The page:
While it's great to share stories about designs and practices that help us live comfortably and contentedly in small spaces, I think it’s just as important to discuss the things that we can happily live WITHOUT. After all, making a home of a small space isn’t mainly about figuring out how to cram as much stuff as possible into your compact quarters— it’s about experiencing more by owning less. The following is just a very small sampling of everyday items you might want to reconsider. (Click to view Part I or Part II of this series.)
As always, before we jump on in, here’s a lil’ disclaimer: To each her or his own. While these items might be easy for easy for some folks to forego, they might be gems elsewhere. You know your own needs and space best. Design and decor should be different and enjoyable for everyone.
I am all for showering animals with love. StanLee and Sophee are some of the greatest joys of my life. But if we didn’t have our garden space, I would’ve given up on buying pet beds long ago. (Hear me out— I’ll explain.) If you’re tight on space and looking for ways to reduce the larger items in your home and/or save money, simply repurpose some washable items from around the house. A spare bathmat, fluffy towel, outdoor seat cushion, or miscellaneous thicker linens could possibly work just fine. It might take a few tries to find what your pet likes best.
We have two pet beds that we keep outside, day and night. Our pups love them, as do I. But are they NEEDED? No. (Hell, StanLee sometimes likes to nap in a pile of rocks. Does he really require a lofted, K9, wicker daybed?) Sophee sleeps at our feet on our mattress, while StanLee chooses to sleep in the narrow corridor between my side of the bed and the wall. At night, I place a machine-washable, cushioned toddler-sized comforter over the hardwood, and our senior is quite content to lounge on that throughout the night.
I feel as though we’re blissfully beyond the era of receiving randomly customized photo and logoed mousepads… but perhaps that’s just because I’m so far removed from traditional office environments. Either way, if you’re looking for ways to simplify your home-office, keep in mind that you don’t need a desk protector or a mousepad. My Magic Mouse leaves marks on my white, wooden desktop, so I simply slide a leather laptop case under it throughout the day while working. Books, catalogues, or a thousand other items would work just as well.
For years, we kept our dirty clothes in a built-in oversized drawer under our bed. It worked flawlessly, as hampers can be really tough to accommodate in a tiny home, regardless of whether they’re hanging or foldable. Everyone’s needs vary, but depending on your situation you might be able to repurpose a larger drawer, cubby or shelf in your closet, bath or bedroom for gathering the garments that need to be washed. No empty drawer to spare? Bonus points for giving away enough items to free one up!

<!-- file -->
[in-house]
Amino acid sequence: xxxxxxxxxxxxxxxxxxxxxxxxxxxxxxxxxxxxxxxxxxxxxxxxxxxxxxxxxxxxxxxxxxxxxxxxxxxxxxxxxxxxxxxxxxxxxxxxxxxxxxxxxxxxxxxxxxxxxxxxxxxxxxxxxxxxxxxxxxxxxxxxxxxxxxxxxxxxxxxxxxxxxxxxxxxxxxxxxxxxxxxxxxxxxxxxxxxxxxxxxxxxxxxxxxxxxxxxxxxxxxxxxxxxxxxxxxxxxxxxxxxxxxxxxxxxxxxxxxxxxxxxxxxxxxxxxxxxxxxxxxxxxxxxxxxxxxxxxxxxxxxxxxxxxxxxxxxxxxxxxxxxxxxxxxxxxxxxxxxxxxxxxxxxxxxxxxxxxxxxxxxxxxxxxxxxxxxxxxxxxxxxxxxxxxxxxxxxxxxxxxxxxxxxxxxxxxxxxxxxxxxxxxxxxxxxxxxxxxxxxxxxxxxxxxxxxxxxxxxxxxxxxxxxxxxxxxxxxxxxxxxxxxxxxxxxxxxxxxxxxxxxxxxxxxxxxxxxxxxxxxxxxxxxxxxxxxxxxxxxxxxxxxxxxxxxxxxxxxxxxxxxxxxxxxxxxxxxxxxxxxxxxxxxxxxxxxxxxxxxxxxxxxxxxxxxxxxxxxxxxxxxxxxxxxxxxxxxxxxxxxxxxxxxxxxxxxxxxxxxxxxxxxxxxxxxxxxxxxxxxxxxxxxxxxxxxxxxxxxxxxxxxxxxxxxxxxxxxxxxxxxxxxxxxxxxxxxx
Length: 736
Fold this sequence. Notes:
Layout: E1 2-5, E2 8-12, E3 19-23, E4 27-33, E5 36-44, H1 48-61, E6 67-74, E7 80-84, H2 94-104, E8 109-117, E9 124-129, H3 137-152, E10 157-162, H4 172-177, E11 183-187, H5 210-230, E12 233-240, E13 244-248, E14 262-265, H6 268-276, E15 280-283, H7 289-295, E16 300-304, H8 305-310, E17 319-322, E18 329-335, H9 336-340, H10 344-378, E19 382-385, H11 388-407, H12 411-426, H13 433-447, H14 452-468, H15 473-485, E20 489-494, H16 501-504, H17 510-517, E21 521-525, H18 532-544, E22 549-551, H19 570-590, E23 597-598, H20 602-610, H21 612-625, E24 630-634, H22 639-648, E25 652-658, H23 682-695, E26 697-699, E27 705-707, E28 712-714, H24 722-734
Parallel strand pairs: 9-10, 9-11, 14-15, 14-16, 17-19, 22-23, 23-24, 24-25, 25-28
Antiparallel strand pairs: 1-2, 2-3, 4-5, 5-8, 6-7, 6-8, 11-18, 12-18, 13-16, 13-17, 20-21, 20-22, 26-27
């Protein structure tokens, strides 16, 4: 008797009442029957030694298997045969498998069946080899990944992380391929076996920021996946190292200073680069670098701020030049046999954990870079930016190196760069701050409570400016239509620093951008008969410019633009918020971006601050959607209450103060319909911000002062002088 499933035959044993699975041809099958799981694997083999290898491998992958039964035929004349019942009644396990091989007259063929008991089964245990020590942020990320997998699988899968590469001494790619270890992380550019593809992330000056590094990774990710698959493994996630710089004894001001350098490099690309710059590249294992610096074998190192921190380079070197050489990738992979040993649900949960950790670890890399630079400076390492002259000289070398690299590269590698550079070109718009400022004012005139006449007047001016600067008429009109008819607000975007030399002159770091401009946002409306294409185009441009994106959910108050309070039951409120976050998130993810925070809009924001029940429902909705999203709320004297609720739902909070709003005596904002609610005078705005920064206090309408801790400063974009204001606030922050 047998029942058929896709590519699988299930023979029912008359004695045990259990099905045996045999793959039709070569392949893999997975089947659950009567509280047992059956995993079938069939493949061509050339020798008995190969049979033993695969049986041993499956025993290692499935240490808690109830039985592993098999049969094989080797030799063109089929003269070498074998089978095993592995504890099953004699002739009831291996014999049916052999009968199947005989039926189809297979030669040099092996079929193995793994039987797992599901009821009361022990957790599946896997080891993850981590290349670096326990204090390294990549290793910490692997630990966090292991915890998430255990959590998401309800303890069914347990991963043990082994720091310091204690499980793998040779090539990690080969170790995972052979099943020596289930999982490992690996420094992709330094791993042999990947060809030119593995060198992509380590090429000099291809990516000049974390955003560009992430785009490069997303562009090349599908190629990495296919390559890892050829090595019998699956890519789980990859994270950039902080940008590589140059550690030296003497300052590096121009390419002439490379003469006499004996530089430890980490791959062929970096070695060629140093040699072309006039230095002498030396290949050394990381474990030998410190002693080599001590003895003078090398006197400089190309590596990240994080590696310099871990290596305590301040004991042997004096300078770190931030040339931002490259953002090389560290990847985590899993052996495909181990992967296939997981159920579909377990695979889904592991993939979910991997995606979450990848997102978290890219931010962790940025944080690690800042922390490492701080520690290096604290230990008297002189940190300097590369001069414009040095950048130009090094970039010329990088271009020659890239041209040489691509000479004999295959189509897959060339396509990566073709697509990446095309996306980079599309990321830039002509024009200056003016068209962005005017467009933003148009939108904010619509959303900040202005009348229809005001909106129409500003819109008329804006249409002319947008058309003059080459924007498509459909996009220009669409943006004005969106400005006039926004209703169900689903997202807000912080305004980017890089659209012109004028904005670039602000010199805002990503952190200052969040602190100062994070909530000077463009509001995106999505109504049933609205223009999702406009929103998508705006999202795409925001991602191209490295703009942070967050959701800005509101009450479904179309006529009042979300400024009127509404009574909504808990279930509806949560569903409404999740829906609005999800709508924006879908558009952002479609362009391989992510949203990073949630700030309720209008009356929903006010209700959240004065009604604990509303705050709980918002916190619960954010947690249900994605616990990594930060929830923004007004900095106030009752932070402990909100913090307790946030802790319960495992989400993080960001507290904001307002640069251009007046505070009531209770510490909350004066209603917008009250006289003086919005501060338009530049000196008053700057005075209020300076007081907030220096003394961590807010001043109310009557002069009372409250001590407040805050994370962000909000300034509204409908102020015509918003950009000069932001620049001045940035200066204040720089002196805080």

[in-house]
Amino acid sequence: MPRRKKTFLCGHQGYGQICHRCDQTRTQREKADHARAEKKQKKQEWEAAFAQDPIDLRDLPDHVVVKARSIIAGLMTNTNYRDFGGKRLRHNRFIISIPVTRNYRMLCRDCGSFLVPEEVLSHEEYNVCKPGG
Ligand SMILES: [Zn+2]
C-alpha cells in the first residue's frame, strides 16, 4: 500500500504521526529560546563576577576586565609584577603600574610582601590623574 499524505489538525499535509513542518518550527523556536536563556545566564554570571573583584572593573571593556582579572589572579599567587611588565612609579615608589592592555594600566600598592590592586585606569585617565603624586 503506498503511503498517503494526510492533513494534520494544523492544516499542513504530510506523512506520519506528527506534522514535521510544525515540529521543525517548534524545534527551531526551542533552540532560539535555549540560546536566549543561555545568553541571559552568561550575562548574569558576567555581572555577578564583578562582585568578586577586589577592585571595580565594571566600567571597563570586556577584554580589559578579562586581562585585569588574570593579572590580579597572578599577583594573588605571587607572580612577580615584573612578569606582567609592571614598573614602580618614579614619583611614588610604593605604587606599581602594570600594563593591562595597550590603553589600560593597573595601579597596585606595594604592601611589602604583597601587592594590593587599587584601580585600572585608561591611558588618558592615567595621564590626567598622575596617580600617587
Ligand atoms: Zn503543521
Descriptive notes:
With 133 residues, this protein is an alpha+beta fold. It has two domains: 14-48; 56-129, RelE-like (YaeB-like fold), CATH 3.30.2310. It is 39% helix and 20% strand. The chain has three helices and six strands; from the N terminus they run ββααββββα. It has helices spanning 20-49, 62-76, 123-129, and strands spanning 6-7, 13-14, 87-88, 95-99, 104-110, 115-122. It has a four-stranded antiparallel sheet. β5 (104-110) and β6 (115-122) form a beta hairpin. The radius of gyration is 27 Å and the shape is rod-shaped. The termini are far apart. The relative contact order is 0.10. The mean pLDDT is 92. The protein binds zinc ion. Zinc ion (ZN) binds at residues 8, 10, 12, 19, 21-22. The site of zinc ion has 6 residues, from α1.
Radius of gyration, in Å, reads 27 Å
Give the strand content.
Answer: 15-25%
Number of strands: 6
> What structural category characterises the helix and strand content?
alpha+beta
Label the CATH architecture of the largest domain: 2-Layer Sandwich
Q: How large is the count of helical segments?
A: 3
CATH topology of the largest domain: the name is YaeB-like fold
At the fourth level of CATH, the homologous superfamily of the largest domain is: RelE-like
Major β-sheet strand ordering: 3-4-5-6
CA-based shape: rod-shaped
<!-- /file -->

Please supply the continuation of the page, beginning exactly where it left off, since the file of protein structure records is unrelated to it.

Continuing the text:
Ironing Board + Full-Sized Drying Rack
While this won’t work for everyone, it might work for you: can you live without an ironing board and a full-sized iron and drying rack?
For little things like burp cloths, napkins, and other items that need to dry before stashed in the to-do laundry, a suction-cup, swing-arm drying rack can be extremely helpful.
For larger items that need to dry after a proper swim or wash, a no-frills clothesline made of twine, tacks and clothespins could be all you need, indoors or out.
Use your bed, couch or a table as your ironing board, and let a “travel” iron/steamer do the rest of the work for you.
I’ve posted on this before, as we test a lot of these products as part of my job. Gone are the days of needing a massive upright vacuum. An iRobot Roomba, a collapsible / combo cordless design, a combo mop-vacuum, or even a handheld vacuum might be better options for your small space.
If your kitchen is compact, skip the oversized entertaining platters and plates. Cutting boards and misc trays from around the house can pull double-duty as serving surfaces. Just add a layer of of reusable beeswax wrap to make them “food safe.” Or, if your surface spaces are also cramped, use a collection of smaller plates dispersed around your available countertops, or add wax paper or beeswax wrap directly to your table. I honestly believe these clever workarounds usually make for more interesting and beautiful hosting setups than most traditional formats.
A Full Grill
If you only grill on very rare, special occasions, consider a single-use, 100% natural, biodegradable, portable grill. (If you take it camping, simply toss it in the bonfire when you're done.) See photos of one in use at the Cottage, here.
I’m a sucker for a beautiful picnic. But dedicated gear takes up a lot of space, and is nowhere near essential to our lives. Make your own picnic set when the occasion arises. A myriad of baskets, reusable shopping bags, or even a suitcase will help you tote food and accessories. Have you made an eco-friendly to-go + take-out dining pouch? USE IT. And remember, you don’t need a “picnic blanket.” Any linens that are machine-washable will suffice, as will lightweight outdoor mats. Need some shade for the meal? Try a table runner suspended from a tree branch or pegged to any sort of makeshift poles. Look around. Challenge yourself. Have some fun CREATING. You most likely have everything you need already— don’t waste your precious storage space and funds on a comprehensive set if you’re trying to save money, reduce your environmental footprint, and/or declutter.